Sunday, May 25, 2008

The Power of One

Book: The Power of One
Author: Bryce Courteney
Read: January 2008
513 pages
Rated: 4
out of 5

Bryce Courteney writes an entertaining novel. he is a good storyteller (Gary's note: In looking at some of the recently published books, such as, The Kite Runner, Power of One, and a few others, I am thinking that the current crop of writers do a very good job of telling stories, getting to the heart of the matter. But they are not as good as some of the previous generations at using the words to bring in the memorable thoughts and phrases.) His writing is enjoyable and disturbing. A boy, a lonely boy grows up with the cream of being the welterweight champion of the world--we do not know if he does or not.

The boy, who we eventually know as PeeKay--but apparently does not have a formal name, nor even a father, is put into a South African boarding school around 1939. As a small 5 year old, English kid in an Afrikeen school, he is in for hard times. Over the year he is then bullied; he meets the Judge-a 12 year old bully and the jury--his followers. The Judge makes his life a hell. Regularly beating him up. Life with adults at the school is only better in that it is usually verbal abuse.

After his first term, he is visited by an African medicine man that cures him of bed wetting. But even more important, gives him the key to understanding himself through a form of visualization. After his second term, he is sent back to his grandfathers via train. The 36 hours he spends on the train changes his life. He mets a boxer, which even though he is small, manages to put away bigger opponents. From him, PeeKay is able to understand the power of focusing, the power of being undivided in his mission, the power of one.

The rest of the book is an exposition on this theme. Peekay goes through a series of obstacles and overcomes. He wants to be on the prison boxing team, through his determination he wins both the right to be on the team, but also the hearts and minds of the guards and other boys on the team (PeeKay is not a prisoner). PeeKay becomes an accomplished boxer. Through the association of the town librarian and a German professor of music, he develops a razor sharp mind. He is accepted into the South African equivalent of a first rate private high school. He and another friend turn a defeated team into champs.

The end of the book takes PeeKay to having a year off to earn enough money to go to Oxford, on his terms. He gets a job in the mines, a very dangerous job and survives until the last couple of days when he gets into a near death accident. After he recuperates, he meets the Judge. PeeKay out fights a much bigger Judge, and obliterates the Nazi Swastika, a symbol of hate in PeeKay's life.

As some of have noted, there should have been a language warning. But besides that, I was thinking it rated about 4 out of 5. See my beginning note. When looking at this book as a story rather than a work of literature, it has resonance with me. It struck me as probably not too plausible. But it was pretty griping. The boxing theme has a strong tie in to winning in life. While PeeKay had set backs earlier in life, Courtenay does not make it sound like there were too many disappointments later--you wonder how PeeKay would have done losing a few of the boxing matches?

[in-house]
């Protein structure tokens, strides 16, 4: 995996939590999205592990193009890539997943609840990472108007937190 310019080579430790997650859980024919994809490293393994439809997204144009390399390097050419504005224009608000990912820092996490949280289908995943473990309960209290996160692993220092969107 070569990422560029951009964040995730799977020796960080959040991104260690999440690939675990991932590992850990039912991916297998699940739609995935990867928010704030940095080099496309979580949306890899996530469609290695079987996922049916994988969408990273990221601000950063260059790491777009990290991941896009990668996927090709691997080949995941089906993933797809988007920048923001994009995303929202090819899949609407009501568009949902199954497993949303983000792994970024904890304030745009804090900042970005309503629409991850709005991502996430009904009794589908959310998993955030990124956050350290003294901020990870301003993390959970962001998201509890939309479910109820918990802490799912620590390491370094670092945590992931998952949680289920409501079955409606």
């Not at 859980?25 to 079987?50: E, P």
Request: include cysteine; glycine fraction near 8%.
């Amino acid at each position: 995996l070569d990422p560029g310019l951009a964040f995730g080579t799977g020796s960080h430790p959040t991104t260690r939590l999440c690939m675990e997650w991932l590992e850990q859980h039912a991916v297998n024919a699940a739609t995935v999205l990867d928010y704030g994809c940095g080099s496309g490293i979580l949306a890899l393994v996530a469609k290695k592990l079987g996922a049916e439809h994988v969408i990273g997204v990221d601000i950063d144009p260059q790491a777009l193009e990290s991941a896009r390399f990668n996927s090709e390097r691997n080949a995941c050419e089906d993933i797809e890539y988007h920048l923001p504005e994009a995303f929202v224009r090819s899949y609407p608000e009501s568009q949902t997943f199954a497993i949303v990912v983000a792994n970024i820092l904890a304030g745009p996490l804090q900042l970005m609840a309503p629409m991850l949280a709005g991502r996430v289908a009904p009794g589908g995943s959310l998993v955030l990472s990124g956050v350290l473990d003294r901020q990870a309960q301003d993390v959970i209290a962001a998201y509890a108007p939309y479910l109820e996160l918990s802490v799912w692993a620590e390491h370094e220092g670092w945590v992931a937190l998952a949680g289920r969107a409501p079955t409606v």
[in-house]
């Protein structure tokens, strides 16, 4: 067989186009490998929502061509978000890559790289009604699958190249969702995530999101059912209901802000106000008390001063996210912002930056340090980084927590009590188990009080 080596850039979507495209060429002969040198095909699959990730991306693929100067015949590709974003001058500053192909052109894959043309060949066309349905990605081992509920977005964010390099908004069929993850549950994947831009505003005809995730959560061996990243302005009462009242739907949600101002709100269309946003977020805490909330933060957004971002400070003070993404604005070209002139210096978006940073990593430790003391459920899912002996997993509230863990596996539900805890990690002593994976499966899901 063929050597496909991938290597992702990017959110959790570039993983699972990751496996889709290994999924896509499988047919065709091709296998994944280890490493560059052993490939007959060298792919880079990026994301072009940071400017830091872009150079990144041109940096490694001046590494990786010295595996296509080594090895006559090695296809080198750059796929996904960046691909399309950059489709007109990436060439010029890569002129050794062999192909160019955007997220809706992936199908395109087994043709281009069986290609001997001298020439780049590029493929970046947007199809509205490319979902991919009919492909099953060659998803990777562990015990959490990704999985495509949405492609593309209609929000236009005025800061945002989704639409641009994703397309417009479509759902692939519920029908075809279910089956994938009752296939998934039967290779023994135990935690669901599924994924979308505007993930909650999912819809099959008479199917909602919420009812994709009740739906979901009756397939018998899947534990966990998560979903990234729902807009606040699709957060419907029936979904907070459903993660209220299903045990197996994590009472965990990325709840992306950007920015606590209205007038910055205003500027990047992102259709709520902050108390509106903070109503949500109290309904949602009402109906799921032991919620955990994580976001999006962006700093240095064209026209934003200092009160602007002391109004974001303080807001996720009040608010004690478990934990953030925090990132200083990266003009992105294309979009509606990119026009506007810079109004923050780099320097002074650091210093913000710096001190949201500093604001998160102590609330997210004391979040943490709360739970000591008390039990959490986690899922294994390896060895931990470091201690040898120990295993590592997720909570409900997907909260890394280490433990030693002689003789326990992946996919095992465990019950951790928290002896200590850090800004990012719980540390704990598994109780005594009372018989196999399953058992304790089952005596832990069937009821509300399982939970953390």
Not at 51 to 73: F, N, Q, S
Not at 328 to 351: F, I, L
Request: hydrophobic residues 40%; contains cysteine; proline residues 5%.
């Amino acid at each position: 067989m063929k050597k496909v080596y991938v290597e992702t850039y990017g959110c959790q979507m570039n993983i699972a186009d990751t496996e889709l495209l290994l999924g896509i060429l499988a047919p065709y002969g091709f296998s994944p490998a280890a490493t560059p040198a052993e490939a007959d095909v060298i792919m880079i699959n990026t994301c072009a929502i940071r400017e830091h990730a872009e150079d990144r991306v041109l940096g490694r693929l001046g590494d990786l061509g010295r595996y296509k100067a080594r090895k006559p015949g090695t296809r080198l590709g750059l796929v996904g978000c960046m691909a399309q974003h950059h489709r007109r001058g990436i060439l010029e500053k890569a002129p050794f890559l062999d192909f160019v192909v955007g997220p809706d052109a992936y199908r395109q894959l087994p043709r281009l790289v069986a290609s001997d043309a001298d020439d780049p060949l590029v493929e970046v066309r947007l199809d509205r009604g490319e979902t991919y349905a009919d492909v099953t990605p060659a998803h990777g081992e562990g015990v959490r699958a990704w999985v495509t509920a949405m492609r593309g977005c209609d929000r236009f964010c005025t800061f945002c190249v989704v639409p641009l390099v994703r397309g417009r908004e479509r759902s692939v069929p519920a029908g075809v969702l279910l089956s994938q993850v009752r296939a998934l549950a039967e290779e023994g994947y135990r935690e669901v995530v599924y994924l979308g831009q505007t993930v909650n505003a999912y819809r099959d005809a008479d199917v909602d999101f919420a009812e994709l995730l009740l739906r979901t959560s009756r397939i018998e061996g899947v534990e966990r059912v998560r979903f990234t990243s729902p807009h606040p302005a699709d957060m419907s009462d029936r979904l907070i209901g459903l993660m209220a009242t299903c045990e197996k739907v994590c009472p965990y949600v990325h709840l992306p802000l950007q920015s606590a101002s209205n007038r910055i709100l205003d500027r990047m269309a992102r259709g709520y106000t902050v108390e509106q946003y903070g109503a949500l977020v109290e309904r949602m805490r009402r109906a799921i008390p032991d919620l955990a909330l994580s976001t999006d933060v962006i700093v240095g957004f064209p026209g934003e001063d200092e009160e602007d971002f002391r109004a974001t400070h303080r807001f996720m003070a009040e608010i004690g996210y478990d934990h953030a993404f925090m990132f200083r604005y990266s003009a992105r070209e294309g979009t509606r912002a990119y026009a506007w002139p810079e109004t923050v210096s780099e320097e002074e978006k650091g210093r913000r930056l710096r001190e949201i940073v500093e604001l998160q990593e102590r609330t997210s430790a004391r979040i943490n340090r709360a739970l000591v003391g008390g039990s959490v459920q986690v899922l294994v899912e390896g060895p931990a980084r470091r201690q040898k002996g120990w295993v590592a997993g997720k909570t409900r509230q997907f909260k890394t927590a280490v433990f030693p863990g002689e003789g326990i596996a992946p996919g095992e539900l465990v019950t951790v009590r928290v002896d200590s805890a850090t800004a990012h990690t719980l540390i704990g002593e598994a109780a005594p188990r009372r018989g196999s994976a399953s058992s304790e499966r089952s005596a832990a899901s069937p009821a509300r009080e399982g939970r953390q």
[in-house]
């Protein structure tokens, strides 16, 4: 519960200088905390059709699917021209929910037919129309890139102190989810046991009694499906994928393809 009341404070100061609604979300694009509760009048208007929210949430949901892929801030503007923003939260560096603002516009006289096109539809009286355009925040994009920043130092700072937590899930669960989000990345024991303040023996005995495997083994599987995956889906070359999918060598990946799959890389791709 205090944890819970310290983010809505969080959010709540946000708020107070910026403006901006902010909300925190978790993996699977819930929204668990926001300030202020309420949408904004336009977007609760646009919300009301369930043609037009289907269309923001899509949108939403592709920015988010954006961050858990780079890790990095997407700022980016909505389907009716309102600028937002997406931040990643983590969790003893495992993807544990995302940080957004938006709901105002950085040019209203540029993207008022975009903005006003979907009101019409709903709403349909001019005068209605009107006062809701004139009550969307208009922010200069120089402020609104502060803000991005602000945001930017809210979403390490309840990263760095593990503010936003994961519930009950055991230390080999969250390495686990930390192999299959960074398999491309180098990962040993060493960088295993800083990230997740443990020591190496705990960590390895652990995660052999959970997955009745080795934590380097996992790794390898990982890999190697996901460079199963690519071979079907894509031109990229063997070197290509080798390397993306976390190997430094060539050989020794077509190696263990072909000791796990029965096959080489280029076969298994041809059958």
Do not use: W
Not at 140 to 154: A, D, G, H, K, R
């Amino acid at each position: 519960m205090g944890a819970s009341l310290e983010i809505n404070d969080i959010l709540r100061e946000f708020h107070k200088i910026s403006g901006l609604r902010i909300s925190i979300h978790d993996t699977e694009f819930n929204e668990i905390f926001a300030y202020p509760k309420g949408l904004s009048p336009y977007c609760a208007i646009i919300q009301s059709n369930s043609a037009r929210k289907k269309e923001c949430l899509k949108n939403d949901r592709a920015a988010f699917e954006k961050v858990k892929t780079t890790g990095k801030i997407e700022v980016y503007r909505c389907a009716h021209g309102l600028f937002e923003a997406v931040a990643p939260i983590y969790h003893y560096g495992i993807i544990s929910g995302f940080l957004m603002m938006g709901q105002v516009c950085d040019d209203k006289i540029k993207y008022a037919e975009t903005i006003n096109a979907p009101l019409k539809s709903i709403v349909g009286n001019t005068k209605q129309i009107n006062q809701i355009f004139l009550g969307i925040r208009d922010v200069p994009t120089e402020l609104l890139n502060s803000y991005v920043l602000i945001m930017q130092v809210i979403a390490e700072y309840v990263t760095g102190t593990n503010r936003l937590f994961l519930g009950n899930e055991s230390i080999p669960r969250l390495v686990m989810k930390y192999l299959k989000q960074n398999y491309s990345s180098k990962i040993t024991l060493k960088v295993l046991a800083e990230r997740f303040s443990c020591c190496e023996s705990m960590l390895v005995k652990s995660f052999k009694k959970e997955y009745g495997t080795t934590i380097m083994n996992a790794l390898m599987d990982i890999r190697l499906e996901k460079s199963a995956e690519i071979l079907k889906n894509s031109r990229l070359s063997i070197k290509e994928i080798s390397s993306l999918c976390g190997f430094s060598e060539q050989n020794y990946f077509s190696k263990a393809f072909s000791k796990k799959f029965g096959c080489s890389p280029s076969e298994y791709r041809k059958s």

The theme of self-determination making you successful is an interesting theme--one which you root for the protagonist, hiss at the villain. But one thing which PeeKay had was a lot of help. Where would he have been without Hoppie? Or the Doc? Or Miss Bornstein? Or Mrs. Boxall? Or even Rasputin? If anything, the theme is that it takes a lot of people to make someone successful. Yes the successful person needs to be focused, and should we say talented, but Courteney's portrayal is not the Atlas Shrugged image of a superman.

I was also curious on Courteney's portrayal of religious characters. Christian characters definitely do not get good representation. But the witch doctor is an undercurrent theme throughout the book. Yet the African crowds which follow PeeKay seem more of a superstition rather than something you could latch onto. Doc's view, while not anti Christian is more that it is not needed. Such as on pg 310--"the Bible to be good for matters of the heart, but hopeless for those of the head." PeeKay thinks the Marie is ok until she gets religion.

Good Quotes:
  • I have found in life that everything, no matter how bad, comes to an end. (45)
  • I was still alive, and in my book, where there's life, there's hope. (67)
  • Sometimes, very occasionally, you do your best boxing with your mouth. (89)
  • Small can beat big if you have a plan. (100)
  • It is better to be wrong than simply follow convention. If you are wrong, you have learned something and you will grow stronger. If you are right, you have taken another step toward a fulfilling life. (157)
  • A man is only free when he is free in his heart (196)
  • When a man knows somebody cares, he keeps some small place, a corner maybe of his soul, clean and lit. (228)
  • facism is a primary force of evil designed to destroy good men. (268
  • Mystery, not logic, is what gives us hope and keeps us believing in a force greater than our own insignificance. (348)
  • Winning is a state of mind that embraces everything you do. (357)

No comments: